Department of Chemistry and Biochemistry News
Chemistry, the “central science,” deals with the composition, structure, and properties of matter, especially in chemical reaction. The curriculum meets the needs of students intending to pursue advanced training in the sciences, medicine, and other professional and technical fields.
Current Chemistry News
Bradley Boe finds empowerment in a new scholarship for students with spinal cord injuries.
The most exciting thing about chemistry? The infinite failures in even the most thoroughly thought-out experiments, the biochemist says.
Professor Clemens Heske's pride and joy is unique worldwide in its ability to study surface chemistry.
Doctoral student Bhagya De Silva traveled more than nine thousand miles to mine for better Alzheimer's Treatments.
A collection of stories highlighting UNLV students and faculty who made the news in 2018.
UNLV president Marta Meana will highlight exceptional graduating students at commencement who embody the academic, research, and community impact of the Winter 2018 graduating class.
Chemistry In The News
Tech red, an enigmatic technetium compound that has resisted characterisation for half a century, has been identified using chemical detective-work and computer modelling. The molecule’s unusual chemistry may explain why it has proven so difficult to unmask.1
San Diego native Jacqueline Phan passed on opportunities to study in California so she could contribute to biochemistry research here in Las Vegas.
The tiny nation of Denmark has just three stations for monitoring atmospheric radiation. Each week, scientists change out air filters in the detectors and take the used ones to a technical university near Copenhagen.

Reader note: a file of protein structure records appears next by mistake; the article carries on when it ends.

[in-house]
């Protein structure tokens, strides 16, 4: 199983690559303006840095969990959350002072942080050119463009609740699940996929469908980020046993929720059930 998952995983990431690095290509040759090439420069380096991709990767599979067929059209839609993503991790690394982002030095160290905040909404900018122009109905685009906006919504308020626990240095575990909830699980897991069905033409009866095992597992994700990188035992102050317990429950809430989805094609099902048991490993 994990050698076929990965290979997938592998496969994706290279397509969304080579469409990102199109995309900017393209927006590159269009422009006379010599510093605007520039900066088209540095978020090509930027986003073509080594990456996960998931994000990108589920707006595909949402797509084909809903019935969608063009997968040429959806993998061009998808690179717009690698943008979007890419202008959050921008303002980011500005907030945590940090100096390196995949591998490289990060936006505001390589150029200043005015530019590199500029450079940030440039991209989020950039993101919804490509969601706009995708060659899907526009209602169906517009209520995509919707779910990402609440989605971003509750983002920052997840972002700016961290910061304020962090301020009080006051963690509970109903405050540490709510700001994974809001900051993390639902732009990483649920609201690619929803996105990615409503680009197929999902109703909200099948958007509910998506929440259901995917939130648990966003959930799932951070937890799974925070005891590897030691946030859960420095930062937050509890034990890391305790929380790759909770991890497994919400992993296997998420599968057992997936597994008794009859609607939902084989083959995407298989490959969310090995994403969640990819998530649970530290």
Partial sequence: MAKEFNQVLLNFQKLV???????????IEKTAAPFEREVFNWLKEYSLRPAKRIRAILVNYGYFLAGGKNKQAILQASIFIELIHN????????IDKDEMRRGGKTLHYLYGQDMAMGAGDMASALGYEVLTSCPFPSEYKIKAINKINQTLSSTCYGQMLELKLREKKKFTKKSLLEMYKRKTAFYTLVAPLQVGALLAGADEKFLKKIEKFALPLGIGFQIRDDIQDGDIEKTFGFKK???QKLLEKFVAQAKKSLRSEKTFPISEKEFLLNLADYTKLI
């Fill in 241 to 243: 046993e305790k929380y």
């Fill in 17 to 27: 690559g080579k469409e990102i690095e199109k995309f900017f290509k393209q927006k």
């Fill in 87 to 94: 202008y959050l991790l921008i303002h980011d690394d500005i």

“Darkness cannot drive out darkness; only light can do that. Hate cannot drive out hate; only love can do that.”
It’s a beekeeper’s nightmare: She lifts the lid on her carefully tended hive and is greeted with a whiff of rotting flesh. Further inspection finds that the young bees of the colony, who should be plump, pearly-white larvae, have melted into a puddle of brownish goo at the bottom of their cells. This colony is infected with American foulbrood disease—most likely a death sentence.
Efforts to improve safety standards and practices in academic labs are multiplying at universities and colleges across the country, but teaching safety as rules and compliance is insufficient, experts agree. Instead, students need to learn and practice a range of safety skills, according to guidelines for undergraduate education issued last year by the American Chemical Society (ACS). Among other skills, students must be taught how to understand categories of hazards, “recognize … hazards in laboratories, assess the risks from these hazards, know how to minimize the risks, and prepare for emergencies,” the guidelines say.